Tobias Zielony, 2022


Wolfen is about a lost dirty icon, and about the distant future. The town of Bitterfeld-Wolfen was home to ORWO-Werke, East Germany’s largest film factory. ORWO’s black-and-white and color films helped define the style of movies and photography throughout the Eastern Bloc. Until the Wall fell. The sprawling plant once employed 15,000 people; now two dozen work here. The rest was liquidated, the factory halls torn down. What is left of the factory manufactures an especially durable archival film designed to preserve analog pictures and digital data in the form of QR codes for over a thousand years. Who, one wonders, will read the information a millennium from now? Extraterrestrials (who speak English)? We see photographs Zielony took on the scene, some on that very long-lasting film. And we read short texts based on Zielony’s conversations with employees who worked in the factory’s darkroom. The plant’s notorious contamination with toxic chemicals, the degrading labor conditions, the dependency on the Soviet Union come up, as do the collapse of the industry and questions of the past and the future, of knowing and ignorance, understanding and incomprehension, light and darkness. — Alexander Koch (Translation by Gerrit Jackson)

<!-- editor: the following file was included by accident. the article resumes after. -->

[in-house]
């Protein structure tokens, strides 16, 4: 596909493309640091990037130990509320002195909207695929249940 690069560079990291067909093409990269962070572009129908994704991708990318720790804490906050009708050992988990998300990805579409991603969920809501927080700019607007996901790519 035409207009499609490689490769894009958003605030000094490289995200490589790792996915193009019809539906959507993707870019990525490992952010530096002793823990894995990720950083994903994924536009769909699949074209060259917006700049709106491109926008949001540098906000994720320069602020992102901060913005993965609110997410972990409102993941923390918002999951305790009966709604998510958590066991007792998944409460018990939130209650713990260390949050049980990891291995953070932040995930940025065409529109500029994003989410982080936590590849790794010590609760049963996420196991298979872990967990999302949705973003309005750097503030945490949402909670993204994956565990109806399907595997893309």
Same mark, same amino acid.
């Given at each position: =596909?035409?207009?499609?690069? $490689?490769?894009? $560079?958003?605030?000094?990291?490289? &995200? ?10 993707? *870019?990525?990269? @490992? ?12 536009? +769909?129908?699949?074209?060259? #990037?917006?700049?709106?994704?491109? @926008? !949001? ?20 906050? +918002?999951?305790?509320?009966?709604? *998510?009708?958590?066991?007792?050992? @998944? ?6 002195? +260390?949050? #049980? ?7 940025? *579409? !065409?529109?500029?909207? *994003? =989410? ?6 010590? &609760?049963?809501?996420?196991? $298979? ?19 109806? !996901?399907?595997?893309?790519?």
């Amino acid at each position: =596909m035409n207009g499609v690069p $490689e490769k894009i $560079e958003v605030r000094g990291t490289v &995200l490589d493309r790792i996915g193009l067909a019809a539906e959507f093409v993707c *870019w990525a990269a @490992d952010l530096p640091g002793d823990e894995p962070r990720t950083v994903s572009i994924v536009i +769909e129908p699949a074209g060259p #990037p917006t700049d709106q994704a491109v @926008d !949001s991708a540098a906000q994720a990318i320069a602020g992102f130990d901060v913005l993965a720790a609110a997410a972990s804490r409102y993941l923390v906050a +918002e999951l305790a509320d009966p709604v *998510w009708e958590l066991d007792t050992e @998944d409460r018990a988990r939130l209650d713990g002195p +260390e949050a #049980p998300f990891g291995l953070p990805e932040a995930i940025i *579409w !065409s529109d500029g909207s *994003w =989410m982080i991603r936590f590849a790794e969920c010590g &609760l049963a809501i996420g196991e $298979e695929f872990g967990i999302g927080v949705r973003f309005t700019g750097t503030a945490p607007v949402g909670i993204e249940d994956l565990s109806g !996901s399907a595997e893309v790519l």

Register (FL//075)

Tobias Zielony
2 channel slide projection, Color, 15 B/W photographs, film box, film rolls
Various dimensions, 17'52"